This week, a painter in Culver City explores queenly fierceness and, in Hancock Park, a school of fish swims around in black water.
5. Three rivers and a fire
Carolina Caycedo, an L.A. artist who researches the ways in which governments and communities control their water, will stage something of a ceremony at the Bowtie Parcel, just off the L.A. River, this weekend. As sun sets, performers will sit around a fire channeling the spirits of three rivers with complicated histories. One river is the Elwha in Washington, where the largest dam-removal process in U.S. history was completed, ending a century of obstruction of salmon migration. The performance will end with a blessing by a member of the Gabrielino-Tongva Native American tribe. 2800 Casitas Ave., Cypress Park; Sat., June 13, 7:30 p.m.; $10 suggested donation. (323) 522-6014, clockshop.org.
4. Cosmic Compton hip-hop
The transfixing, two-channel video that director Kahlil Joseph made to accompany Kendrick Lamar’s album good kid, m.A.A.d. City isn’t really a music video. It’s more of a free-associative experiment that accentuates the roughness and romance of Lamar’s album (at one point a guy dances through a Compton street, shirtless with a bottle of vodka in hand). It’s been playing at MOCA’s Grand Avenue space since March, which means its music has been bleeding into the main galleries. Artist-writer Duane Deterville, who has written about Joseph’s work in relation to African cosmology, will discuss Joseph’s films at the museum this week. 250 S. Grand Ave., downtown; Thu., June 18, 7 p.m.; free (213) 621-1745, moca.org.
3. Putting the street in street photography
The approach that artist Rose Marcus takes to photography is pretty physical. She photographs bodies out in urban environments, with buildings or street scenes behind them, and then affixes those photos, sometimes roughly, to wood or aluminum. When it works, it’s as if the sensation of flipping through snapshots someone has loaded on Facebook is colliding with the sensation of tripping over a stray plank or uneven section of sidewalk. 2276 E. 16th St., downtown; through July 11. (323) 589-1135, nightgallery.ca.
2. Ecosystem in a Jacuzzi
Installed in the narrow side galleries at Kayne Griffin Corcoran, L.A.-based Max Hooper Schneider’s show “Accidental Menagerie” is a tease. The first work is an imposing metal wall, green with black speckles. The wall has perfectly square frames lined up along its surface, in which specimens — a snakeskin or worn T-shirt — are encased, becoming inaccessible. The second sculpture is called Blackwater Jacuzzi, a pristine white hot tub in a darkened room with black water churning. If you’ve read the press release, you know there are supposed to be fish in that water. So you might stand straining for a while, thinking you’re seeing something swimming in the blackness but not really sure. 1201 S La Brea Ave., Hancock Park; through July 11. (310) 586-6886, kaynegriffincorcoran.com.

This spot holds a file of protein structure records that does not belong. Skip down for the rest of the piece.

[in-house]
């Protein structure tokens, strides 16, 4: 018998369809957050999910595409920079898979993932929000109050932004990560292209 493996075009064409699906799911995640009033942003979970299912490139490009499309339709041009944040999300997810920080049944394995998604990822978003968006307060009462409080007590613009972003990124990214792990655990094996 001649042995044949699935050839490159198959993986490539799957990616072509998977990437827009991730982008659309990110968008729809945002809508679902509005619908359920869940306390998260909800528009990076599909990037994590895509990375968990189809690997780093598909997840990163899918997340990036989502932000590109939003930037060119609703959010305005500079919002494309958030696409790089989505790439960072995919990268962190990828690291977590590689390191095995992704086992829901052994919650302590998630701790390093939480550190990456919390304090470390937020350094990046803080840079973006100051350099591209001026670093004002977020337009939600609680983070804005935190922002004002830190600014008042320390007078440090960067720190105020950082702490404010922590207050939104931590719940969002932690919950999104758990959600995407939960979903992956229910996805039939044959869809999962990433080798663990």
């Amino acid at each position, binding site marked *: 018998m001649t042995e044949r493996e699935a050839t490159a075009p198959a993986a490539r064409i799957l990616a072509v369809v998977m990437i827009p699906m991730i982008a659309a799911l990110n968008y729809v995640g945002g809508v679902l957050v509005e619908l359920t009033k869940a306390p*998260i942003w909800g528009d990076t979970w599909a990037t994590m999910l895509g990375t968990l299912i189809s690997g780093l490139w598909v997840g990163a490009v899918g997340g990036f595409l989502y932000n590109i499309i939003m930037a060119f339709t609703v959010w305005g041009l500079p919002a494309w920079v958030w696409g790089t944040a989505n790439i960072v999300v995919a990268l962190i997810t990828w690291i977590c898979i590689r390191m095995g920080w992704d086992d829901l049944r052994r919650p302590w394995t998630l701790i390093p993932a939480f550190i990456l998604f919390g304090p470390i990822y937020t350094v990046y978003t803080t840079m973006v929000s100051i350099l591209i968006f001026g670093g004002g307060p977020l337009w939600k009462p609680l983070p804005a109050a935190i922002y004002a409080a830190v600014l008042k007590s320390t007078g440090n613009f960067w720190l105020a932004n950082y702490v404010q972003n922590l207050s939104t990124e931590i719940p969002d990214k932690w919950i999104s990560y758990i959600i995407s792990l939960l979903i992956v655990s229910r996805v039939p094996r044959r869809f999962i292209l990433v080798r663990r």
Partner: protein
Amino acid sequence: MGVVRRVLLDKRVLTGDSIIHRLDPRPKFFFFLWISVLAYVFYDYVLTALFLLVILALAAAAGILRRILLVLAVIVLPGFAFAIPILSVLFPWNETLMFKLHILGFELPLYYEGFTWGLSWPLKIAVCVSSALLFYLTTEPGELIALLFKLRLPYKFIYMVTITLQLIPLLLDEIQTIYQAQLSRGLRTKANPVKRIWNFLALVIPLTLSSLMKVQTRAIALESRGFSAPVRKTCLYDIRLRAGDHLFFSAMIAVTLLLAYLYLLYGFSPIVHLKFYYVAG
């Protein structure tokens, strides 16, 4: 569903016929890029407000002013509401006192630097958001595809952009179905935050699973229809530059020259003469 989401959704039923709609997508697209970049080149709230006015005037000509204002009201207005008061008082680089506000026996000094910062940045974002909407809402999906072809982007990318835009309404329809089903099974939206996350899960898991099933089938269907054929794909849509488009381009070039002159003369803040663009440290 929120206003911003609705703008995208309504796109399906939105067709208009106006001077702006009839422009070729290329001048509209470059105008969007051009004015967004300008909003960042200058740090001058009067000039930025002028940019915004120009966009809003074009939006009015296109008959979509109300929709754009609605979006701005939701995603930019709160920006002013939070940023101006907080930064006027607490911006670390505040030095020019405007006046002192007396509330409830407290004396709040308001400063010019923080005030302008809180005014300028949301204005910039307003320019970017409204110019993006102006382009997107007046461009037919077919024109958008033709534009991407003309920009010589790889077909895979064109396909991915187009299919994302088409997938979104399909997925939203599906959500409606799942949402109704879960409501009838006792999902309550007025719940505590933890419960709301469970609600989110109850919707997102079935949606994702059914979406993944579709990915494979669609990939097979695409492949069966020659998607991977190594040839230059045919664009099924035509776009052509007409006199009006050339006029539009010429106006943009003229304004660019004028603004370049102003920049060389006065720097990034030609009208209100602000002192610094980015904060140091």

1. Rainbow witchcraft
Artist Sarah Cain’s new show of paintings at Honor Fraser is called “BOW DOWN,” a regal, confident title made playful by the all-caps (the title actually comes from Beyoncé’s song "Flawless"). That’s a fair description of the show: regally playful. Sometimes the regality is refined; other times it's colorfully despotic. There’s a painted love seat, where color drips down like graffiti onto the chairs, some careful pastel abstraction and a work called witchcraft where a broom nestled inside a painted rainbow is obscured by a red net that falls down off the frame — better to catch you with. 2622 S. La Cienega Blvd., Culver City; through July 11. (310) 837-0191, honorfraser.com.
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